Ms. STIGGER: She's given me permission to say that on air, yeah. The first thing I had to do is shift my expectations, and I found that much harder than I had anticipated. I had to figure out the difference between can't and won't. Is she doing what she's doing because she's being defiant, or is she doing that because she can't figure out what the alternative is?

As I understood it to be partly neurological - from doctors like Dana Johnson, as they have presented to the international adoption community - and began understanding how much of this was neurological, then I could say, you know, not her fault; not my fault, either. It's not I'm a terrible parent, but it is our problem. We've got to figure out how to work with the school when she can't keep up with the homework.

The other thing I learned was to get a really good diagnostic work-up done -usually done by a psychologist and maybe in a teaching hospital situation, if you can get there - that really says the child can do this but can't do that; they work visually better than they work auditorily; and to really have a sense of how this child learns, and how you can get information into this child most efficiently so you can work on this together.

LYDEN: Dr. Johnson, when the reality is not what had been expected, when it is challenging and for all the fantastic things that happen when adoptions go right - and we're not talking about those - when they go wrong, I mean, how can parents get help?

Dr. JOHNSON: Well, I think whenever families reach the point where they recognize that their expectations of what the adoption was going to be like do not match the reality of their situation, then I think they do have to go and try and find appropriate services within the community. And there are a number of different sources you could go to.

Theoretically, you could go to your pediatrician or family practitioner to ask for help. Hopefully, there are mental health professionals in the community that are aware of these issues and can help them. Going back to their agencies and asking for referrals, or perhaps help through the agencies, may be helpful as well. But I think so many families find themselves in situations where they're afraid to go to get additional help because they're going to be judged, in their minds, that their child is not doing very well. Or they may live in rural areas where these services are just not able to be provided.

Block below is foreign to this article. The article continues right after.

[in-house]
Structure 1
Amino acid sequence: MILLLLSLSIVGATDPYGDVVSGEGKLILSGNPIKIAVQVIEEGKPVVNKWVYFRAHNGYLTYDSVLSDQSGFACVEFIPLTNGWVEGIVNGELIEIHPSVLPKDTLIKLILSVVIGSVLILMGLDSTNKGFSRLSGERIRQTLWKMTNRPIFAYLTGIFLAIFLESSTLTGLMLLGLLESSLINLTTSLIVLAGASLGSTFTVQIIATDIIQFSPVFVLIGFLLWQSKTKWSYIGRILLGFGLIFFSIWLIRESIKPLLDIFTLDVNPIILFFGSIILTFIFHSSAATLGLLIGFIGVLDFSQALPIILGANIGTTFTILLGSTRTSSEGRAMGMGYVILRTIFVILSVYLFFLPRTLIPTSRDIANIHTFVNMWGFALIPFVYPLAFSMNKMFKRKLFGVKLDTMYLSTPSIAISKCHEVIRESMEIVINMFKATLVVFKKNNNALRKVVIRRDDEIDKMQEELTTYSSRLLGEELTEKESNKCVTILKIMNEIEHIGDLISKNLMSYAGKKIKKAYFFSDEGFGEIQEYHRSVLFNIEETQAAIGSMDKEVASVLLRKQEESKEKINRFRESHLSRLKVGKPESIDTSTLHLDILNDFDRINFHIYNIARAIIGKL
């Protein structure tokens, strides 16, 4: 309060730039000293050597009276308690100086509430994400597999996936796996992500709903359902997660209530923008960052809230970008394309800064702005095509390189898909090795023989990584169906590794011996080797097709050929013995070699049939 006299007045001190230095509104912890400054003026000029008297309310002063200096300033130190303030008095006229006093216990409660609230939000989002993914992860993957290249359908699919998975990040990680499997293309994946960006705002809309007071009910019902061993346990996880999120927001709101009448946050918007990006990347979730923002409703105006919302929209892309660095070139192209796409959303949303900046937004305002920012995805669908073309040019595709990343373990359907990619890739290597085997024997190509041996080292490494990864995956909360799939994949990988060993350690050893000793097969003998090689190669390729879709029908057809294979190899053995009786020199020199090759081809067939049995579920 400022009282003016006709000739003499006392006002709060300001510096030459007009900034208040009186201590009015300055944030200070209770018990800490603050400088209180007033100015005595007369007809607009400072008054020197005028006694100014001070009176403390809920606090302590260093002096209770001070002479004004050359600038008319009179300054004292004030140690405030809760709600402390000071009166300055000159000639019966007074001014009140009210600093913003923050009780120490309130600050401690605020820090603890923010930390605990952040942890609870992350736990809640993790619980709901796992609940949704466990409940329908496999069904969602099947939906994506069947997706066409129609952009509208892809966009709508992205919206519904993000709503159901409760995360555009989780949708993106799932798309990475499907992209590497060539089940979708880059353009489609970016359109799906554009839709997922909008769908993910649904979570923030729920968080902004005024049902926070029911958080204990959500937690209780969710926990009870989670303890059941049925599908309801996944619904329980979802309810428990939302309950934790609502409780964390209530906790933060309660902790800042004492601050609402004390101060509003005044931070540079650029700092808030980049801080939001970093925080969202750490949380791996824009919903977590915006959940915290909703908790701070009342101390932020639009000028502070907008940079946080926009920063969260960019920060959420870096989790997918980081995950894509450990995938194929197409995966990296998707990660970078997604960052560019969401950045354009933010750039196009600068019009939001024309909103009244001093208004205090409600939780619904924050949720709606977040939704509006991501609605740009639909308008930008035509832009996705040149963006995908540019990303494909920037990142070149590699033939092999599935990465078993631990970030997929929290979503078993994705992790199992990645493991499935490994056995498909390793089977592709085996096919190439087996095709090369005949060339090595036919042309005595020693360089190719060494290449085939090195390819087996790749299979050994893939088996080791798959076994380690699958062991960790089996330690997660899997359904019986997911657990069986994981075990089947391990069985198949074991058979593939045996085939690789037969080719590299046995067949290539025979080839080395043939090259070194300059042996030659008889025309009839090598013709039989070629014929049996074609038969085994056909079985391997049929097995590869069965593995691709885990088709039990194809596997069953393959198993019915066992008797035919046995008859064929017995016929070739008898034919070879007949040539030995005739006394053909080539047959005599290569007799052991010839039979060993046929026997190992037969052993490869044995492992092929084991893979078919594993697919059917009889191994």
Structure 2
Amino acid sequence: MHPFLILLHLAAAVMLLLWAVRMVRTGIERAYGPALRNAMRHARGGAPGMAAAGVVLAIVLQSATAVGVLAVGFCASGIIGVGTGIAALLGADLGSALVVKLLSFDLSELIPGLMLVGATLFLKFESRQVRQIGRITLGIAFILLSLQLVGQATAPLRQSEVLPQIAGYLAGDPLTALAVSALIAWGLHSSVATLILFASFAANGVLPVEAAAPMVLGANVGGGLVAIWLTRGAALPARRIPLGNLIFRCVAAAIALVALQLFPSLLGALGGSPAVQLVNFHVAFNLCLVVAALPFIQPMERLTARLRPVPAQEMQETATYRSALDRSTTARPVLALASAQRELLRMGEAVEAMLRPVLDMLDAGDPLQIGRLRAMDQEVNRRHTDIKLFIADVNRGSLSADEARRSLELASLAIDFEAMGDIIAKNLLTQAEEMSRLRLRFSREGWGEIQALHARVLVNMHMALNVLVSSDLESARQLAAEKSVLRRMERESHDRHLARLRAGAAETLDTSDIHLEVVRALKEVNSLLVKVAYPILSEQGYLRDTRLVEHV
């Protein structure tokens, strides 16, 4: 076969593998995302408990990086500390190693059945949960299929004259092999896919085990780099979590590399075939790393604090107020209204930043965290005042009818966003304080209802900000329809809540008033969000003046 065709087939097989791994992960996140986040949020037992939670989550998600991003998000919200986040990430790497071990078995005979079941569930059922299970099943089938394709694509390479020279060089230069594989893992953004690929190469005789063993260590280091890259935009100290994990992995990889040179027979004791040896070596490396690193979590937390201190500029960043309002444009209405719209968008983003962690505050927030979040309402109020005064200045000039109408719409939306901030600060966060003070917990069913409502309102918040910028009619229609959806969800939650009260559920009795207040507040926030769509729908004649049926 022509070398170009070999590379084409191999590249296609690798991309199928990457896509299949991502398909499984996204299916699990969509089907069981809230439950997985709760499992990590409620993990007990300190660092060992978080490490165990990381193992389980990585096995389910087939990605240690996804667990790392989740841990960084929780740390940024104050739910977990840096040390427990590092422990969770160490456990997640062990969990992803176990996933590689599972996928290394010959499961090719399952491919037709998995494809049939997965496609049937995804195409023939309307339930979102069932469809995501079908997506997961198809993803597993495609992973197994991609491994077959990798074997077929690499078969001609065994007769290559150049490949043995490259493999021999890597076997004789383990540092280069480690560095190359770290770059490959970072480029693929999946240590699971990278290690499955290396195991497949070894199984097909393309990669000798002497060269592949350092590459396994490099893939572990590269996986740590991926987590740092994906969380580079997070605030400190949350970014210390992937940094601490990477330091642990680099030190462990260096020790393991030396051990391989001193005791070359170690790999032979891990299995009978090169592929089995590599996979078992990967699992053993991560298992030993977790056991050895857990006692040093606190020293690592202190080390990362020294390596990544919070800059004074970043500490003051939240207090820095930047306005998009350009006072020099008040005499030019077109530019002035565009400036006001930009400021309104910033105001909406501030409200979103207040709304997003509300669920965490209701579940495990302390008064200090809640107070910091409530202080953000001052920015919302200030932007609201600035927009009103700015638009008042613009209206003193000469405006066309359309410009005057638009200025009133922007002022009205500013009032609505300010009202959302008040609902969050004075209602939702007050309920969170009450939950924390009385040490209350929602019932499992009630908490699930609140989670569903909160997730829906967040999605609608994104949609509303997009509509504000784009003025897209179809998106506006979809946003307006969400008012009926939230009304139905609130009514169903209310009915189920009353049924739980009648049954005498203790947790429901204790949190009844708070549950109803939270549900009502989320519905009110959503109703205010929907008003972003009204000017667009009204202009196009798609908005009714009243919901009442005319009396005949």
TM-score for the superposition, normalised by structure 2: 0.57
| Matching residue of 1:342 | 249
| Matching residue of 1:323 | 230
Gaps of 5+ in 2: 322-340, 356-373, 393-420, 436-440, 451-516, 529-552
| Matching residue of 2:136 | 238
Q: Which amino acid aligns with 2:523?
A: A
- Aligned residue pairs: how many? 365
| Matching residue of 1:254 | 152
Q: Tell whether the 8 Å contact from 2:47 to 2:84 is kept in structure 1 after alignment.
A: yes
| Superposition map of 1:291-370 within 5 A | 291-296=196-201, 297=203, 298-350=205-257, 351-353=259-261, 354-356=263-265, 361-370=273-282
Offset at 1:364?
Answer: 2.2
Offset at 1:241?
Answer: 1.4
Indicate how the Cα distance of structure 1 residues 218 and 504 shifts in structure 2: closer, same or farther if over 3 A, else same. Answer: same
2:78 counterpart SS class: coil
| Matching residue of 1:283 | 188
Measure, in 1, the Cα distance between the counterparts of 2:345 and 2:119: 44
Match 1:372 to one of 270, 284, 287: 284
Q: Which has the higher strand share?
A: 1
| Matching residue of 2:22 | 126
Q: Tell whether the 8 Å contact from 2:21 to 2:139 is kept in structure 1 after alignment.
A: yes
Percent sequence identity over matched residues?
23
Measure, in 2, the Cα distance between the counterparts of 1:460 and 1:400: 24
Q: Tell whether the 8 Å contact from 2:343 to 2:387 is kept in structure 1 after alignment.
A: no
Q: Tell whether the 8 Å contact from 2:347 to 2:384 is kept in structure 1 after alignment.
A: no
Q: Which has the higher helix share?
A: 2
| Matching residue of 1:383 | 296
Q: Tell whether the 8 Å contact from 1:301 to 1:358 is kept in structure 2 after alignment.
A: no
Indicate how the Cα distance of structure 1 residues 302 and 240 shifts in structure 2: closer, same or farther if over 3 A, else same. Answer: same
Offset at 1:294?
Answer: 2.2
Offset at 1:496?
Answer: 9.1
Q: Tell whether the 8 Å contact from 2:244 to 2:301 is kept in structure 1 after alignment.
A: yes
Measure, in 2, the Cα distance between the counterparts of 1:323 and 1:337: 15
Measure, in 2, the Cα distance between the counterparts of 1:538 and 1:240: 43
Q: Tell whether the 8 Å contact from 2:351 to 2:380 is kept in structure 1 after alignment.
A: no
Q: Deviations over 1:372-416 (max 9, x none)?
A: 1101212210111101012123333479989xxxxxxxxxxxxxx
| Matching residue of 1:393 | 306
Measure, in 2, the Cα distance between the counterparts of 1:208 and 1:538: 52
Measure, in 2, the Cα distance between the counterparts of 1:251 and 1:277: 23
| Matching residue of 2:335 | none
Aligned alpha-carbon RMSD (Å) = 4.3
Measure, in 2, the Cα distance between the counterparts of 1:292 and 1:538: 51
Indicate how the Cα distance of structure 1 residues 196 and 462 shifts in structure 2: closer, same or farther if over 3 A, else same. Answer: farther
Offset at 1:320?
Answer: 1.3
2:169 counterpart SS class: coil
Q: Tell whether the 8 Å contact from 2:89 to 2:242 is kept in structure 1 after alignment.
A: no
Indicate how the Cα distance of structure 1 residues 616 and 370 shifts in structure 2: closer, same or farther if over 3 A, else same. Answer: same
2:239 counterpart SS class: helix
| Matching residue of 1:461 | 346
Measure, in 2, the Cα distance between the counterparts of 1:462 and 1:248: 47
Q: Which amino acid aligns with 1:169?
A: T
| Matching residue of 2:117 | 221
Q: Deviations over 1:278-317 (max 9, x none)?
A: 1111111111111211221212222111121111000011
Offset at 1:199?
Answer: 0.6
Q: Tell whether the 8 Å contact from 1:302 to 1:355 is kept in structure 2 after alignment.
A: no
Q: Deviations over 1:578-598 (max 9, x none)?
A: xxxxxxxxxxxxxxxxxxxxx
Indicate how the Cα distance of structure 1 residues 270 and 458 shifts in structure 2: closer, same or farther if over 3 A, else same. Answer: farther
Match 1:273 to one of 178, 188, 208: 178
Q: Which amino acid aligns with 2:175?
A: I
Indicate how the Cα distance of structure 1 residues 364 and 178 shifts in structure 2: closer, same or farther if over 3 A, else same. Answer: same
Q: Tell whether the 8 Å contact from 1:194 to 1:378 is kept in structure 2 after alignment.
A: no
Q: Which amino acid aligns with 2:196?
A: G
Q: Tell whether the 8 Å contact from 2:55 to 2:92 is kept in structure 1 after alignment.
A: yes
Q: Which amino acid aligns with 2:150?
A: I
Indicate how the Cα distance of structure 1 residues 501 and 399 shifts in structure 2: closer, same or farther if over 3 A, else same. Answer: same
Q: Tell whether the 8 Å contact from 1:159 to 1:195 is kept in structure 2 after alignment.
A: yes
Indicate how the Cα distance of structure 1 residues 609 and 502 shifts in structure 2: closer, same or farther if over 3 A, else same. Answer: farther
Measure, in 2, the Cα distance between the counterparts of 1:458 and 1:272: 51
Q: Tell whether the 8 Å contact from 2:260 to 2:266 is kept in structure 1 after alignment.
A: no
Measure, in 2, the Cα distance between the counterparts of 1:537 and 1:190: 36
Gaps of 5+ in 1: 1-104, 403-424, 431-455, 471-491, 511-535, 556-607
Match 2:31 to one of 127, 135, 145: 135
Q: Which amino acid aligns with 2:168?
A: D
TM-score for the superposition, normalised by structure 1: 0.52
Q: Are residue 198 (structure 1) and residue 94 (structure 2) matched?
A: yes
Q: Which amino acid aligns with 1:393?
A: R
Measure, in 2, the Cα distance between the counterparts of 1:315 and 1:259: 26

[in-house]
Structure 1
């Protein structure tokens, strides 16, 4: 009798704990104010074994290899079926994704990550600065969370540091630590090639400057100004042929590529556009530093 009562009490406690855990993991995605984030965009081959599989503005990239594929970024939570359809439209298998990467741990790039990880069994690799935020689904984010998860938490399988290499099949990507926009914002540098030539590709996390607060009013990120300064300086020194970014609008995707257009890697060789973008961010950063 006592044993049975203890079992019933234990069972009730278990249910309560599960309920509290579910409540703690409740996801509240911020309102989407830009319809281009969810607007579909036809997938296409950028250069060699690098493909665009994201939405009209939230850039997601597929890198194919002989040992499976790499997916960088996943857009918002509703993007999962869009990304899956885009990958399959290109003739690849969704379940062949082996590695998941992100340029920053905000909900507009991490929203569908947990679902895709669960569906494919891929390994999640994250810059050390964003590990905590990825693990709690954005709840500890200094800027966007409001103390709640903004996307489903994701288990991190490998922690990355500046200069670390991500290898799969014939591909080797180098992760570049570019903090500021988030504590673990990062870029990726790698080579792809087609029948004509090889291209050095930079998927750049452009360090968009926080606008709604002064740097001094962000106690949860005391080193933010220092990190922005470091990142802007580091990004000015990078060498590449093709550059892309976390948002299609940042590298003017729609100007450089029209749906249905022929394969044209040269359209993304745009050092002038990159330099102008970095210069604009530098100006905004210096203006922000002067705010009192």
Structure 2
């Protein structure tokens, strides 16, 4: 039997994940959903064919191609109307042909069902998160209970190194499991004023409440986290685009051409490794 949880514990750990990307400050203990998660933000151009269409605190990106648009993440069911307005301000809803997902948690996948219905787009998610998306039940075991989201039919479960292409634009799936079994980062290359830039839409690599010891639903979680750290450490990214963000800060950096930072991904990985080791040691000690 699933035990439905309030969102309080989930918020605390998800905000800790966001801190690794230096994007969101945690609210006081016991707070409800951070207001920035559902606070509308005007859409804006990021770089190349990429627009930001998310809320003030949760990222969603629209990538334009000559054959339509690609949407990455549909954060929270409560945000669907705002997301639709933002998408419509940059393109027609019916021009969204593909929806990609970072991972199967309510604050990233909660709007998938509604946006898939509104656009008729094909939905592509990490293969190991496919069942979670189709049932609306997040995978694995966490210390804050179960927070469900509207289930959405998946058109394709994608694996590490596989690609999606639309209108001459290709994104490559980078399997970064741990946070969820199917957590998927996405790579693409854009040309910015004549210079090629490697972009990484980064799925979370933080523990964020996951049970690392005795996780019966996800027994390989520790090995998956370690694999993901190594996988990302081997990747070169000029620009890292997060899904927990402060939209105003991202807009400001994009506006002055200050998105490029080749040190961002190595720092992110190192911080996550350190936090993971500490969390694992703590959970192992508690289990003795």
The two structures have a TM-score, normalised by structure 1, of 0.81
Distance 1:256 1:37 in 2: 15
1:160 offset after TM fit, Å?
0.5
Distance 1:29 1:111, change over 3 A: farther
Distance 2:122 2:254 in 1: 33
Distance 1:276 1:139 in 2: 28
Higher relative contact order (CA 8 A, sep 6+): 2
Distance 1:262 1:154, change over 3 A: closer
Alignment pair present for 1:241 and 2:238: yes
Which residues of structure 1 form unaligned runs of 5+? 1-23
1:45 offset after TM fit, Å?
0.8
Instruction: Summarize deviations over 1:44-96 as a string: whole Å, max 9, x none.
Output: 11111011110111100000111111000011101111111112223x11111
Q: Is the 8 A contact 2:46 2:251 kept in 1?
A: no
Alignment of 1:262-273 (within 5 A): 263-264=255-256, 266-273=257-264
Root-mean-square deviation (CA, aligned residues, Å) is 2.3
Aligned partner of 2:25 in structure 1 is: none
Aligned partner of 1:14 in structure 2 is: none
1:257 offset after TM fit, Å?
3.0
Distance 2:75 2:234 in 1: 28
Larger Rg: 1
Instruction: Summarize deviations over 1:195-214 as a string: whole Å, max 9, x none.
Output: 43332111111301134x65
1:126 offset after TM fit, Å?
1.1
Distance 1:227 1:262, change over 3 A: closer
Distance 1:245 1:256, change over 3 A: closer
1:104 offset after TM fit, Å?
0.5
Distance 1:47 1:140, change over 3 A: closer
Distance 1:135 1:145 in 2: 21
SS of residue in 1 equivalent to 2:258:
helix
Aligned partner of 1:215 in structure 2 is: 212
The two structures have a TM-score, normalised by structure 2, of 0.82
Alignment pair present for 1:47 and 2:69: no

LYDEN: This was a very shocking situation to a lot of adoptive parents, sending this child back. Surely that is not the last resort that most people would choose. But, Dr. Johnson, are children ever re-placed with other families?

Dr. JOHNSON: Oh, quite frequently they are. What you want is a family whose expectations are appropriate for the reality that they're going to experience. And I think going to families who are motivated to take children who are being placed for the second time, they at least know what the score is, and what they're in for, when they have this child in their family.

LYDEN: Judy Stigger is an adoption therapist with the Cradle in Evanston, Illinois, and she joined us from the studios of WBEZ Chicago. Dr. Dana Johnson is a professor of pediatrics and founder of the International Adoption Clinic, and he joined us from the studios of Minnesota Public Radio in St. Paul. Thank you both very much.

Dr. JOHNSON: Thank you.

Ms. STIGGER: My pleasure.